By: Vivian Yee
( New York) The New York State attorney general, Eric T. Schneiderman, announced on Wednesday that his office was opening an investigation into voting irregularities during the presidential primary on Tuesday, when New York City’s Board of Elections found itself besieged by complaints that it had removed 160,000 thousand of Democratic voters from the rolls in Brooklyn, among other issues.
The Attorney General said "Yesterday, New Yorkers turned out in impressively high numbers to vote for the nominees in their respective parties. By most accounts, voters cast their ballots smoothly and successfully. However, I am deeply troubled by the volume and consistency of voting irregularities, both in public reports and direct complaints to my office's voter hotline, which received more than one thousand complaints in the course of the day yesterday. That's why today, we have opened an investigation into alleged improprieties in yesterday's voting by the New York City Board of Elections. If necessary, we will initiate inquiries in additional areas of the State where voting irregularities appeared unusually high. Voting is the cornerstone of our democracy, and if any New Yorker was illegally prevented from voting, I will do everything in my power to make their vote count and ensure that it never happens again."
Mr. Schneiderman’s office said it had received more than 1,000 complaints from voters across the state, dwarfing the roughly 150 reports it received for the 2012 general election. Many people said they had tried to vote, only to be told that they were not registered — the most common complaint, according to Mr. Schneiderman’s office. Among complaints from New York City, the largest chunk sprang from Brooklyn, where there were reports that the voter-information books in some polling places were missing multiple pages.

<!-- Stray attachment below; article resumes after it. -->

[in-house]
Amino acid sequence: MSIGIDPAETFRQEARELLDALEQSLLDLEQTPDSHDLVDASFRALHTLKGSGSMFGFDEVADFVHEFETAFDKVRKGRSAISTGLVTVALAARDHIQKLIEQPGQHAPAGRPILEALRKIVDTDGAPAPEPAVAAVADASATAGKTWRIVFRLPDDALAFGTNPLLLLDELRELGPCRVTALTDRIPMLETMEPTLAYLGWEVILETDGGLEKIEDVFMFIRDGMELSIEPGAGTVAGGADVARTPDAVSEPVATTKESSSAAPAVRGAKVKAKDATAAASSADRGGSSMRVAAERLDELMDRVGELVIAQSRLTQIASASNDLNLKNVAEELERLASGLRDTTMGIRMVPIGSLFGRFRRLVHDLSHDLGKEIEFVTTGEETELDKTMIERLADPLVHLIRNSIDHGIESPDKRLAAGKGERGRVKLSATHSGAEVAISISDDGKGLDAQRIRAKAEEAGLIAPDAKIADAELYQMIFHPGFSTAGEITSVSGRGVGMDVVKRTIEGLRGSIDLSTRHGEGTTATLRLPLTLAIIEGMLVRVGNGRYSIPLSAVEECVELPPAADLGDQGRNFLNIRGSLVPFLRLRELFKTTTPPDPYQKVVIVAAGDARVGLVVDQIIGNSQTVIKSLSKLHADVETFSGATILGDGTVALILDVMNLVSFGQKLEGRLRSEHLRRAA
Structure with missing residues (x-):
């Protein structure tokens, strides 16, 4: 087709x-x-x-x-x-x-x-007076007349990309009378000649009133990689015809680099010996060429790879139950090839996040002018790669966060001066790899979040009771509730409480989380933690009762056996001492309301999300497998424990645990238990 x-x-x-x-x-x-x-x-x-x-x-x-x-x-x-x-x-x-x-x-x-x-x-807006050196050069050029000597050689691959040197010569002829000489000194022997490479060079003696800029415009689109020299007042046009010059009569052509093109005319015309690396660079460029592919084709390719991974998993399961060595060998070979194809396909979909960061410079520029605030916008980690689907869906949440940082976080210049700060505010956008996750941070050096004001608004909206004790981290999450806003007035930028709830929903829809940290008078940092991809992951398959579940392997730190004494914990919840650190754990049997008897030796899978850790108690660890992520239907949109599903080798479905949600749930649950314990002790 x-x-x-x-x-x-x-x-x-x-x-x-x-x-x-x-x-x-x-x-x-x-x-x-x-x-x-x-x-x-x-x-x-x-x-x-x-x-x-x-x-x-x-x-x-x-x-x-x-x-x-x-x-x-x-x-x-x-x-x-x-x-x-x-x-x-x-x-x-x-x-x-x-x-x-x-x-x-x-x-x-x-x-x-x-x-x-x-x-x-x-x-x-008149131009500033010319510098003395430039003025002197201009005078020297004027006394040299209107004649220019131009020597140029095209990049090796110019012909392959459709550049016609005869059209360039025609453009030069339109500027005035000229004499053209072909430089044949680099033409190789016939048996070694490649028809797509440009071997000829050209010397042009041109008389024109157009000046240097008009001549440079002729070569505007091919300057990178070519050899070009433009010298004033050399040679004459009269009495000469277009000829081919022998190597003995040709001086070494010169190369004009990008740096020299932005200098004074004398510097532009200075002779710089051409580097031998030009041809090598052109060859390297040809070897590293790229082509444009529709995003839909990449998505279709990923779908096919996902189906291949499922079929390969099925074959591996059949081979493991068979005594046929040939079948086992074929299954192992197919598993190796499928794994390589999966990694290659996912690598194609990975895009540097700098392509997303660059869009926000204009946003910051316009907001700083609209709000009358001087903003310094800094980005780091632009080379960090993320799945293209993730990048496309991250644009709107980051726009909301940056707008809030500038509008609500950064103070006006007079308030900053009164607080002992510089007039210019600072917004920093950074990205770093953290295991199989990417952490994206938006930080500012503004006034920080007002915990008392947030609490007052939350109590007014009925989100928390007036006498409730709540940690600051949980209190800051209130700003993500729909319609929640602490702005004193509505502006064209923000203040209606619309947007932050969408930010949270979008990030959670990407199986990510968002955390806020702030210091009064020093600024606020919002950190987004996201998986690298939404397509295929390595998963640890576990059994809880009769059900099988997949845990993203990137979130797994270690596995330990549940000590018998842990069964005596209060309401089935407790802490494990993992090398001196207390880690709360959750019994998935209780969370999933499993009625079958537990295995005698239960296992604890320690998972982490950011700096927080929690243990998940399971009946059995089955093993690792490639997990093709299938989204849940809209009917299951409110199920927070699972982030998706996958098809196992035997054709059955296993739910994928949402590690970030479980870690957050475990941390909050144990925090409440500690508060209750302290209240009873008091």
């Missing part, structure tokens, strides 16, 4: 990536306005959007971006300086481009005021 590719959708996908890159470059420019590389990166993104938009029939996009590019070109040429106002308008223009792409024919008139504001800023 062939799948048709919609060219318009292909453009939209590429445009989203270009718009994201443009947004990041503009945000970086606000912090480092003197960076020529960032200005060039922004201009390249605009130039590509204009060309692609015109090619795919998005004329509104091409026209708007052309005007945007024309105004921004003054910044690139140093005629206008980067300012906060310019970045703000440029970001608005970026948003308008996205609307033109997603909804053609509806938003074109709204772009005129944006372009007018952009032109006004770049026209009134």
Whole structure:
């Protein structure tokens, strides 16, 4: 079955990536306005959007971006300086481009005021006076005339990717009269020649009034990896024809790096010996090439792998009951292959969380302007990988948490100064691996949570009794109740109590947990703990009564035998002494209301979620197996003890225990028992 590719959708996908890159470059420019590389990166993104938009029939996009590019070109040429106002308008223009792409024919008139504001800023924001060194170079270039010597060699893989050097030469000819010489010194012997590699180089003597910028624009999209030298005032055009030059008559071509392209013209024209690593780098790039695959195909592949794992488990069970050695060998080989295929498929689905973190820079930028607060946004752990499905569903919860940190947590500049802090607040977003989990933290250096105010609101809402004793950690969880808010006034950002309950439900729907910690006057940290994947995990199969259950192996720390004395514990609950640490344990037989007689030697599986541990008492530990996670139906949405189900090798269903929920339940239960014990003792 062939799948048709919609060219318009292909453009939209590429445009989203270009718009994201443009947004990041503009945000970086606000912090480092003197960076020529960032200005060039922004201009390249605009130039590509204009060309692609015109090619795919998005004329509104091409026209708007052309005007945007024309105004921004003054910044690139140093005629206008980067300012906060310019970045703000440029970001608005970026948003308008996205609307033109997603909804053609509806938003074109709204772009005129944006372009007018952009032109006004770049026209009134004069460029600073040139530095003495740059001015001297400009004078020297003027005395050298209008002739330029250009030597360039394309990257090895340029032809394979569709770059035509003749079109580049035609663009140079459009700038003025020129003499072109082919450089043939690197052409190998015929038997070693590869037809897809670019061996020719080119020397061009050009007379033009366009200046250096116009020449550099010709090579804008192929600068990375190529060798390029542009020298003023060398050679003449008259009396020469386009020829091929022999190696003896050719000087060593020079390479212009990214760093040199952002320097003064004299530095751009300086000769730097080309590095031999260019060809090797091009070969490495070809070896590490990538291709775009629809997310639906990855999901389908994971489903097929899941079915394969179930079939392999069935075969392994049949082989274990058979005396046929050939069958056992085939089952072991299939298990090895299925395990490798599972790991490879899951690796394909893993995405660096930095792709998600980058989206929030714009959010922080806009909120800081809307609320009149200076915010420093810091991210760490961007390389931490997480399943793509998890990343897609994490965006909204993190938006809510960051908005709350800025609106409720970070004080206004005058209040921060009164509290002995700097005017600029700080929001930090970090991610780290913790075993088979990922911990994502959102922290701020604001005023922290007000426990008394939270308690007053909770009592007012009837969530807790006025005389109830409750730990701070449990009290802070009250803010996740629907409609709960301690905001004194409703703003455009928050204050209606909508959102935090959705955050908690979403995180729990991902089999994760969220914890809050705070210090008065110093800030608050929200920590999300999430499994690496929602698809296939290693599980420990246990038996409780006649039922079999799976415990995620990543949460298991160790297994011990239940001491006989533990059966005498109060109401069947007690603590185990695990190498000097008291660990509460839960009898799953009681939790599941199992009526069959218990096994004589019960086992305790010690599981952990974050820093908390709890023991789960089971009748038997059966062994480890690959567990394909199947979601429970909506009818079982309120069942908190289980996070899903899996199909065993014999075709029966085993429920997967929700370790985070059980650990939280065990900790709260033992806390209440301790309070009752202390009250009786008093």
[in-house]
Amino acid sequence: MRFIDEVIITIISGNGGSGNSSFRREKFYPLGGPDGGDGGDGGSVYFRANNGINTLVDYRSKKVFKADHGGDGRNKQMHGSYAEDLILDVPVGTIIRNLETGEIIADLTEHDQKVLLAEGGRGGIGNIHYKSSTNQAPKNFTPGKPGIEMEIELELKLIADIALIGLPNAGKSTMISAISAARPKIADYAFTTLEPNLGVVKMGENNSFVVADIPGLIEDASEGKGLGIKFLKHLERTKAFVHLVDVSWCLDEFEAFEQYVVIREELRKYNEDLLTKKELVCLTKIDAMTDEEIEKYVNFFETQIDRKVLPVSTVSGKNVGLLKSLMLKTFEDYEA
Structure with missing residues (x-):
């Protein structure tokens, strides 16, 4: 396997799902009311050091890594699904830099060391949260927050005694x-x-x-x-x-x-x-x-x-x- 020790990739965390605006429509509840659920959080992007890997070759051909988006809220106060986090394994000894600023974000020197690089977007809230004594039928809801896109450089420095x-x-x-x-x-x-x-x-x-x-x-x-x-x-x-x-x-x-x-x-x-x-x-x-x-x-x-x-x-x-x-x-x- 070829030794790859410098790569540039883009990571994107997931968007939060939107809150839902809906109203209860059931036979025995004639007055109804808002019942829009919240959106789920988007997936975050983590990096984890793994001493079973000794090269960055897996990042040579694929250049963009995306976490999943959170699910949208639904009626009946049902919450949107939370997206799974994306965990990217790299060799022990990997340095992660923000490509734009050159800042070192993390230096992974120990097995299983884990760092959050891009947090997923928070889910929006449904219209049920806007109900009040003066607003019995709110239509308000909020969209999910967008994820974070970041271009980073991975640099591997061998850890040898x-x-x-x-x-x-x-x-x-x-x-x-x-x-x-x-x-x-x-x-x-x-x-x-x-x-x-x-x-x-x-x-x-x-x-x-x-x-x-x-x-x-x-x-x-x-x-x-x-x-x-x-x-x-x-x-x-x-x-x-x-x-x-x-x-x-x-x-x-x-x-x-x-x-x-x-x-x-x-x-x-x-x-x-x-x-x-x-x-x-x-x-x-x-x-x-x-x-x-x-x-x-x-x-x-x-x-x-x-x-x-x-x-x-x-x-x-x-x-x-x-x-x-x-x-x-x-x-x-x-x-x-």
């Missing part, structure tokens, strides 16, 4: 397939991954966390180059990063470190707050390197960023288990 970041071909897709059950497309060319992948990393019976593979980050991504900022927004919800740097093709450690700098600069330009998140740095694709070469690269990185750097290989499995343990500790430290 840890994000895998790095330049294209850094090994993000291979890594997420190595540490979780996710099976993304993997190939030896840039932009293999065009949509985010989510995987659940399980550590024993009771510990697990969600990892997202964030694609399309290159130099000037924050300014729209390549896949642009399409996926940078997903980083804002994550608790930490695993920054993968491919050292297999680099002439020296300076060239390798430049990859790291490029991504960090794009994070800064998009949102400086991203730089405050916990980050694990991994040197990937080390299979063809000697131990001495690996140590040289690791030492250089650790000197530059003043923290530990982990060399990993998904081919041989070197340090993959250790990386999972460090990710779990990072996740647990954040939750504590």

“By most accounts, voters cast their ballots smoothly and successfully,” Mr. Schneiderman said in a statement. “However, I am deeply troubled by the volume and consistency of voting irregularities.”
The board’s much-maligned Primary Day performance is also being audited by the office of Scott M. Stringer, the city comptroller, who on Wednesday released an online form for voters to submit information about their experiences.
“We’re not shrinking from the investigations,” said Michael J. Ryan, executive director of the Board of Elections, who promised to cooperate with both inquiries and “get to the bottom of” the allegations that voters were dropped from the rolls.